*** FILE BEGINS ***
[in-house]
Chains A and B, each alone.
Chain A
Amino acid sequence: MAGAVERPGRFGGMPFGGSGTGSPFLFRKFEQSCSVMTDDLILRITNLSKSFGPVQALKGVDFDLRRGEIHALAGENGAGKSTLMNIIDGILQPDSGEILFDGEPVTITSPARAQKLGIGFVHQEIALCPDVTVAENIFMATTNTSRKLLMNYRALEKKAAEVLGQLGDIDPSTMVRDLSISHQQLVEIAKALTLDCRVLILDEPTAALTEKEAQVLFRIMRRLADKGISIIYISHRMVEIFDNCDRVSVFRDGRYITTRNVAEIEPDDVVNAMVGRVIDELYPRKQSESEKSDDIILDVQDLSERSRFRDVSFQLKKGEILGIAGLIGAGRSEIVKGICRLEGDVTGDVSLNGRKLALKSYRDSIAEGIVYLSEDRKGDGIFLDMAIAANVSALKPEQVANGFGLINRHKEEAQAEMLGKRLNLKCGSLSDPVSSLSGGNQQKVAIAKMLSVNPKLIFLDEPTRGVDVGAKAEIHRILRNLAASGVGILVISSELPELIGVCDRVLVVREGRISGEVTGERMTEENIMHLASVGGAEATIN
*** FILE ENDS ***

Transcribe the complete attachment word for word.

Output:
[in-house]
Chains A and B, each alone.
Chain A
Amino acid sequence: MAGAVERPGRFGGMPFGGSGTGSPFLFRKFEQSCSVMTDDLILRITNLSKSFGPVQALKGVDFDLRRGEIHALAGENGAGKSTLMNIIDGILQPDSGEILFDGEPVTITSPARAQKLGIGFVHQEIALCPDVTVAENIFMATTNTSRKLLMNYRALEKKAAEVLGQLGDIDPSTMVRDLSISHQQLVEIAKALTLDCRVLILDEPTAALTEKEAQVLFRIMRRLADKGISIIYISHRMVEIFDNCDRVSVFRDGRYITTRNVAEIEPDDVVNAMVGRVIDELYPRKQSESEKSDDIILDVQDLSERSRFRDVSFQLKKGEILGIAGLIGAGRSEIVKGICRLEGDVTGDVSLNGRKLALKSYRDSIAEGIVYLSEDRKGDGIFLDMAIAANVSALKPEQVANGFGLINRHKEEAQAEMLGKRLNLKCGSLSDPVSSLSGGNQQKVAIAKMLSVNPKLIFLDEPTRGVDVGAKAEIHRILRNLAASGVGILVISSELPELIGVCDRVLVVREGRISGEVTGERMTEENIMHLASVGGAEATIN